On why his classic-with-a-twist jewellery is a winning design formula.
Des Doyle caught the attention of Professional Jeweller and several UK retailers when he showcased his unusual 18ct gold designs at IJL in 2011. Since then his collections, and stockists, have grown and Doyle continued to produce eye-catching, well made and affordable fine gold designs. He was named a NexGem in the Professional Jeweller Hot 100 2012, in association with The Company of Master Jewellers and IJL.
Professional Jeweller: Tell us about the past year – what have been your highlights?
Des Doyle: The last 12 months have been fantastic both in a professional and a personal sense. Professionally I’ve had the opportunity to launch a whole new collection which has been very successful with really excellent sales. I’ve grown my retailers and also my private commission business too. I’ve completed a new collection which has some really special pieces that I’m really proud of. I’ve also just completed a new office and studio which gives me space to have everything just as I want it. It’s great to have a nice space to work from. Being selected for the Hot 100 has been a fantastic recognition of my work to date so I’m looking forward to building on that. My personal highlights? I’ve focussed on working to become a better swimmer, it’s something I have always loved to do and I was always a strong swimmer but this year I got a swimming coach who really got me to work on being more effective in the water. It’s not over yet – progress is slow but rewarding.
PJ: What kind of challenges has the business faced, and how have you overcome them?
DD: I’ve hit lots of bumps in the road. Living in Ireland and dealing primarily with overseas markets has been difficult, any market visit requires jumping on a plane to stay in touch with retailers or see what is happening. As a result I’ve become expert at working out schedules of what needs to be seen or visited in a short space of time while I’m abroad. The jump in gold prices put my business under pressure at the beginning of the year but I responded to that with smaller pieces with more stones, in particular diamonds and rubies.
PJ: What inspires you as a designer, and do you feel that your collections have evolved over the years?
DD: Primarily as a designer I’m inspired by natural form but not in the tradition of taking a shape and copying it in metal – that’s easy. Instead I like to take the feeling of the shape – what it evokes and play with that. I don’t like things to be too distinctly referenced or obvious. My collections have really pushed forward over the past two years – I’ve begun to work with more gemstones and this year I’m working with custom cut stones that are cut just for me. I’ve also got really good at making the shapes I use to be more pleasing – a tiny detail here, a polished edge there all add a certain finish that is still really rare in the marketplace. Jewellery should be exciting to look at, each surface should have a discovery – I’m always disappointed to see that a piece has had no thought put into making the back as beautiful as the front.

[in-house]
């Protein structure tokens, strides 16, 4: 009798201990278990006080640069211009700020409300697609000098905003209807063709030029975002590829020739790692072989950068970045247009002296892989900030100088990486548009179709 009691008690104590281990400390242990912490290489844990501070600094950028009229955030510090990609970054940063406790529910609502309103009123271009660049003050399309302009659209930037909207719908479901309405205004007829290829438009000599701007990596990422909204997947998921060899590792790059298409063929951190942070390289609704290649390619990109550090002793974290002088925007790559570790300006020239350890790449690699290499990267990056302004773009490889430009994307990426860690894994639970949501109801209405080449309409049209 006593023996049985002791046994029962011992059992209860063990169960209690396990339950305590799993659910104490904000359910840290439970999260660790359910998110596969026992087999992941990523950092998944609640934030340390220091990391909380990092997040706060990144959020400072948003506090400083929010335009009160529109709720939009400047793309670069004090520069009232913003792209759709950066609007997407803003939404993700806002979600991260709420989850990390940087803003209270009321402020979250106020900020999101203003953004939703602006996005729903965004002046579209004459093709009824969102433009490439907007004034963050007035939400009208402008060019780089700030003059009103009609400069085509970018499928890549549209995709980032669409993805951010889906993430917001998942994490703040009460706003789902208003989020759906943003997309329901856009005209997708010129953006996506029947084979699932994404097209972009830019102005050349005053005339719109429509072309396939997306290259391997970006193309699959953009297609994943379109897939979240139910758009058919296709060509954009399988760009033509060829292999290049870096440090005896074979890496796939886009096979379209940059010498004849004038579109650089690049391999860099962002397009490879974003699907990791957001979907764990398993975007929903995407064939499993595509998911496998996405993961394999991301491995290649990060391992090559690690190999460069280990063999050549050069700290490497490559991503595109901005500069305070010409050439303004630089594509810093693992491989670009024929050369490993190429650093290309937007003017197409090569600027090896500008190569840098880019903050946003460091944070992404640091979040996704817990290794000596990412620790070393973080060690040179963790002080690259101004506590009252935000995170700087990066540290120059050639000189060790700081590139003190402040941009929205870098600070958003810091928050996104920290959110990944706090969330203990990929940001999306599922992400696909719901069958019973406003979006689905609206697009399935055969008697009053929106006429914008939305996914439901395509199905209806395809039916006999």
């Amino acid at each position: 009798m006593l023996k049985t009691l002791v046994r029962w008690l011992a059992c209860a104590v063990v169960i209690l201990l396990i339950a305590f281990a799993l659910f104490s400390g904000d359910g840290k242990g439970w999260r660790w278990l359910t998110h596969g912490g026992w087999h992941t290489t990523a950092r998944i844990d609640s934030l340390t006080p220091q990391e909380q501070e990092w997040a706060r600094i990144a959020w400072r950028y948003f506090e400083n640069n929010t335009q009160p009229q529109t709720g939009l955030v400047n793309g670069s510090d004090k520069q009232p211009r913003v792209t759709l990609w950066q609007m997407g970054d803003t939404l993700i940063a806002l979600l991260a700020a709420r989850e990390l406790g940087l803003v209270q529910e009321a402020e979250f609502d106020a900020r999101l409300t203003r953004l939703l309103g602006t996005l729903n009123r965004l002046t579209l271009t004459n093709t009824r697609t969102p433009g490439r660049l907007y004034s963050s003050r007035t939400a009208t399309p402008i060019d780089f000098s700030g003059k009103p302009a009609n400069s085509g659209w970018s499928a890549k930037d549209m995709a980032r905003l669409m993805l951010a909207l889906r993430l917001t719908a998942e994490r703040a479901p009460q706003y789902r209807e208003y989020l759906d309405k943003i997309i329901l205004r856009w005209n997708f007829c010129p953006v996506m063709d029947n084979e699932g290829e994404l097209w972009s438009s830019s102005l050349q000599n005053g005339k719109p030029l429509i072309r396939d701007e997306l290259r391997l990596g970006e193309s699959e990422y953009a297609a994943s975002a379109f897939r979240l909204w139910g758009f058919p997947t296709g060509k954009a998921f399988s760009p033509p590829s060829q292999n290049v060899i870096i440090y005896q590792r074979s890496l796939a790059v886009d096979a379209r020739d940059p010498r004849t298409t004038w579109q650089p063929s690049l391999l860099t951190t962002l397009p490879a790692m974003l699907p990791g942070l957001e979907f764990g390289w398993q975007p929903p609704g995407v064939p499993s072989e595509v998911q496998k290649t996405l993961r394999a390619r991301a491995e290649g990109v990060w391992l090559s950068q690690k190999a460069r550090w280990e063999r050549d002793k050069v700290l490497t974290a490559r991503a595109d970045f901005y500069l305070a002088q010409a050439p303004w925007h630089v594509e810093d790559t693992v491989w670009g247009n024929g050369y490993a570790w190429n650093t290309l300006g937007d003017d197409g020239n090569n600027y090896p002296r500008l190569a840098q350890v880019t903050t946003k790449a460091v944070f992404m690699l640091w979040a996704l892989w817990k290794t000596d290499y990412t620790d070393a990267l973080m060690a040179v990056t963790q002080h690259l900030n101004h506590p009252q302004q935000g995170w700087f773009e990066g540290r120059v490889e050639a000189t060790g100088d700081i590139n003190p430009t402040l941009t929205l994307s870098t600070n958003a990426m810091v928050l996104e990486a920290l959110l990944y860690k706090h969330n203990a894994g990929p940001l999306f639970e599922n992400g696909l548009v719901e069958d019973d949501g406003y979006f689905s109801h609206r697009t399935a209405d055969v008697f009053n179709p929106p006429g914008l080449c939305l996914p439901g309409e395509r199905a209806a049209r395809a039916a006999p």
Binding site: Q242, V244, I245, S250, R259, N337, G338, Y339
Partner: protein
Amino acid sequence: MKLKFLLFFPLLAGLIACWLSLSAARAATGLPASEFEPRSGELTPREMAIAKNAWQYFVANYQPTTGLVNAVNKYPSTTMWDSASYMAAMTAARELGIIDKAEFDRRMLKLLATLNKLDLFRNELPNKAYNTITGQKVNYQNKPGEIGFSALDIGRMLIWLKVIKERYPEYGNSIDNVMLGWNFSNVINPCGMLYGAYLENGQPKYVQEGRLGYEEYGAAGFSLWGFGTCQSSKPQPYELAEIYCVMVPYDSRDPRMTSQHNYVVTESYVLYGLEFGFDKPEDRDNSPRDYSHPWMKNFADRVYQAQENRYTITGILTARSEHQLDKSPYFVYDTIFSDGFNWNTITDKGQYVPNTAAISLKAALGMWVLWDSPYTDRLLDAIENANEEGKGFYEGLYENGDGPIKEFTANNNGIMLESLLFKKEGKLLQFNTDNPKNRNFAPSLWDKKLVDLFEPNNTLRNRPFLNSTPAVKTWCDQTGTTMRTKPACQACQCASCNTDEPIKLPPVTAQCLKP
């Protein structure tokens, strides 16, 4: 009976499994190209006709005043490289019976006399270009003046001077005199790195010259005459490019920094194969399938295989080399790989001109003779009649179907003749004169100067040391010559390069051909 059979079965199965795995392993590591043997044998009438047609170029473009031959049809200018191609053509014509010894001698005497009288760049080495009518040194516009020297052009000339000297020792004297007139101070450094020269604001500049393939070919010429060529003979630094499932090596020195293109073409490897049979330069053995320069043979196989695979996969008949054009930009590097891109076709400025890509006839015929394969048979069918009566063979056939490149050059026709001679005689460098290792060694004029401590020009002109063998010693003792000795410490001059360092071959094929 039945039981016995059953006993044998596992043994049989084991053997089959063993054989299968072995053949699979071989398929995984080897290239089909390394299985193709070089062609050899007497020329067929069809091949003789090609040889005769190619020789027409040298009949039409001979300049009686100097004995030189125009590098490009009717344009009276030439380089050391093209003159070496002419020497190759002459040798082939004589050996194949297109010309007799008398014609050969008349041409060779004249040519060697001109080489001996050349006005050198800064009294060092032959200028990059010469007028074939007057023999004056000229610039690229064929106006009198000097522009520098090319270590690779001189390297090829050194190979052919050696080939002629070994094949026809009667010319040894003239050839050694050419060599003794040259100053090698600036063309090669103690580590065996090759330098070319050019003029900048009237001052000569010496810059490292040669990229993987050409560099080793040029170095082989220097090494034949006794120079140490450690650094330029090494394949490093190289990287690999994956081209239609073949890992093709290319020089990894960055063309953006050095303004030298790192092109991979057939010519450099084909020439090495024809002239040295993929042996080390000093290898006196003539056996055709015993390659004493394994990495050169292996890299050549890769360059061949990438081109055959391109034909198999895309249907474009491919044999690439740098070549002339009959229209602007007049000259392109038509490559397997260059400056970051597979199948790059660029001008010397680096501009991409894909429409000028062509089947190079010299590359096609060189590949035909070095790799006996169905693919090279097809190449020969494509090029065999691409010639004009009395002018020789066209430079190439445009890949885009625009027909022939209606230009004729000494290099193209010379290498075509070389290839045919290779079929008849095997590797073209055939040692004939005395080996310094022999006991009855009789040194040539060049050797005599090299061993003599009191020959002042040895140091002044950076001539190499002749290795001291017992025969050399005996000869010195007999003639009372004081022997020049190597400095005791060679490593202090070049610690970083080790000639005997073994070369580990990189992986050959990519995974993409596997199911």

PJ: How has your brand grown over the past year?
DD: The brand has been discovered as a niche player in the fine jewellery market with incredible attention to detail and a great story. My customer tends to be very concerned with quality and finish and also longevity so the “classic pieces with a twist” combination that I specialise in makes sense to them.
PJ: How would you describe your approach to work?
DD: I don’t like to be tied down so I like to work on small quantities of pieces and then move on. I’m always experimenting and growing my ideas – I make new models every week and often work on several ideas at the same time. Work-wise I’m very focused on achieving targets and building new relationships with stockists who understand what I’m about.
PJ: How do you manage your work-life balance?
DD: My work/ life balance always needs adjusting – I’ve got two small kids and I live in a very beautiful rural location in Ireland so it is really nice not to be stuck in a city and to be able to get out into the countryside easily. I swim a lot and walk and I’m restoring the garden of the house where I live which was first laid out in 1810 so there’s a lot of work to do there which is actually very relaxing. I have very simple pleasures.
PJ: Tell us about your plans for your business for the next year?
DD: Sales for the past year have been really positive so for the next year my big focus is on working to build stockists for the collections. I’m always on the lookout for new stockist propositions particularly stores that offer jewellery that is a little bit different to a discerning customer – that is a perfect fit for my work.